In this example, the reserves distributions of the two prospects have not been combined, because the P10%, P50%, and P90% values were not provided, only the means). So, for the “both A & B” productive cases, reserves were combined simply by adding the two means, which is not strictly accurate.

Properly, reserves distributions of the two prospects, represented by P10%, P50%, and P90% values, can be combined by Monte Carlo simulation. However, this requires combining chance-weighted distributions through

*addition,*not*multiplication,*as we did graphically in Appendix B, with the three components of prospect reserves (Area, Average Net Pay, and HC-recovery Factor). Unfortunately, adding probabilistic distributions is not practical to perform graphically, so we should rely on Monte Carlo simulation to carry it out.

#### Part 2: Combining Multiple Types of Ventures*

This multiple-venture example illustrates the procedural steps involved in combining three objectives—a producing property, a medium-risk new play, and a high-risk new play (Section A).** It employs a probability tree for the partially dependent plays, as well as a Monte Carlo simulation. The probability tree solution (Sections B.l and B.2) uses only mean reserves outcomes for the different cases, yielding a total expected mean outcome for reserves of 36.10 MMBOE, having a total expected net present value (ENPV) of $261.7 MM. Section C, the Monte Carlo simulation (50,000 trials), shows the probability range of possible reserves outcomes. The distribution of reserves outcomes for all possible cases is shown as a frequency distribution (or probability-density graph). The P90% outcome is 11.19 MMBOE, the P50% outcome is 35.49 MMBOE, the P10% outcome is 153.22 MMBOE, and the mean outcome is 36.72 MMBOE, which agrees well with the 36.10 MMBOE figure derived using the probability tree and mean values (Section B). Thinking about the overall venture in a simplistic way, the P90% outcome expresses a scenario in which the producing property low-side case turns out to be the only project of the three that is successful, even marginally. The P50% case (35.49 MMBOE) represents an outcome in which the producing property turns out to be the P50% to P_{MEAN} case, and one of the two plays emerges successfully, providing “mid-range” reserves («P50% to P_{MEAN} if Play “Beta,” or P80% - P60% reserves if Play “Gamma”). The P10% outcome for the overall venture would either require all three ventures to succeed moderately, or the producing property and one of the two plays to succeed at relatively high probability levels.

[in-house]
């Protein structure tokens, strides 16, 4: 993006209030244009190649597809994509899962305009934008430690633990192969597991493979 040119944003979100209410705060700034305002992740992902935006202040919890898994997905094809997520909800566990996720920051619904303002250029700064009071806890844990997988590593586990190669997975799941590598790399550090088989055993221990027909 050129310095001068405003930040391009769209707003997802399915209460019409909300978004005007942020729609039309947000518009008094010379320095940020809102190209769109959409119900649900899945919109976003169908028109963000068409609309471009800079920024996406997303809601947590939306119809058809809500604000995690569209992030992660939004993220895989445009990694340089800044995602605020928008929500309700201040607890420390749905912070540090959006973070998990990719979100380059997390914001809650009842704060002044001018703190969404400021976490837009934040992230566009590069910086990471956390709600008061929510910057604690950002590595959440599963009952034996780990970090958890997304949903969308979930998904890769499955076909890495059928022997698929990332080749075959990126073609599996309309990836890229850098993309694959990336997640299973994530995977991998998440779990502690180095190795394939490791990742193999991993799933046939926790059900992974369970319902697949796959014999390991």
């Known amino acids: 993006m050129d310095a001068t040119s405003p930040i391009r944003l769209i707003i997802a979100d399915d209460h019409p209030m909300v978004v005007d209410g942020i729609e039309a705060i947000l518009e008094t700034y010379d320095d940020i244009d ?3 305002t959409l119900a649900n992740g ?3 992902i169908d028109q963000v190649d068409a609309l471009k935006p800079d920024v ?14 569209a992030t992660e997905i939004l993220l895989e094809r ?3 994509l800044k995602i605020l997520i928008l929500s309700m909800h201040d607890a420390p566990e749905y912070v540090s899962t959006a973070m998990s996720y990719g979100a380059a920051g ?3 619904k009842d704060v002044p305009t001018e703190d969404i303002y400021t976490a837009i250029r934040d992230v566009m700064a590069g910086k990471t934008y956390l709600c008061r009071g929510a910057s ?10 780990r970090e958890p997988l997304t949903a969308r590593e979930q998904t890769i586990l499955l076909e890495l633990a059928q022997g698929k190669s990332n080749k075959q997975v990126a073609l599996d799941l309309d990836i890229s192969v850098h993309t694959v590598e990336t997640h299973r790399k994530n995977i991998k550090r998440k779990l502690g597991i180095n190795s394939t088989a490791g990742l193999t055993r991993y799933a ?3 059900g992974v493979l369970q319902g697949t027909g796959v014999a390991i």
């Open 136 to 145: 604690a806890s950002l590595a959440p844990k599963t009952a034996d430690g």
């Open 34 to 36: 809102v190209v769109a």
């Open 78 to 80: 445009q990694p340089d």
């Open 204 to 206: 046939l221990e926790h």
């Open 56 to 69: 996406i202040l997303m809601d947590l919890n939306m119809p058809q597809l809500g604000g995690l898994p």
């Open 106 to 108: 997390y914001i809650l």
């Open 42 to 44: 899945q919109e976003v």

Similarly, part D shows Monte Carlo simulation of probabilistic ENPV for the multiple venture outlined in part A, employing the appropriate NPV/BOE for the different subventures (“Alpha,” “Beta,“ and ”Gamma”). In other words, part D utilizes all the probabilistic outcomes of the entire venture in terms of ENPV, rather than reserves, and allows the ENPV of all possible reserves outcomes to be expressed.

##### Descriptions and Assumptions

###### Producing Field “Alpha” Prob. = 100%:

A producing field discovered and developed several years ago. Projected additional recoveries (some to be added through additional development and more efficient technology; anticipated capital investments ($15MM) included in $7 NPV/bbl figure):

###### New Play “Beta”:

A moderate-risk, moderate-potential, relatively shallow play having chance of play success = **0.72,** chance of average economic prospect success = *0.34,* four tests committed, so chance of at least one economic prospect success is *1 - (1 -.34) ^{4} = 0.81,* so chance of economic play success =

*0.72*×

*0.81 = 0.58:*Cost of play failure is $20MM.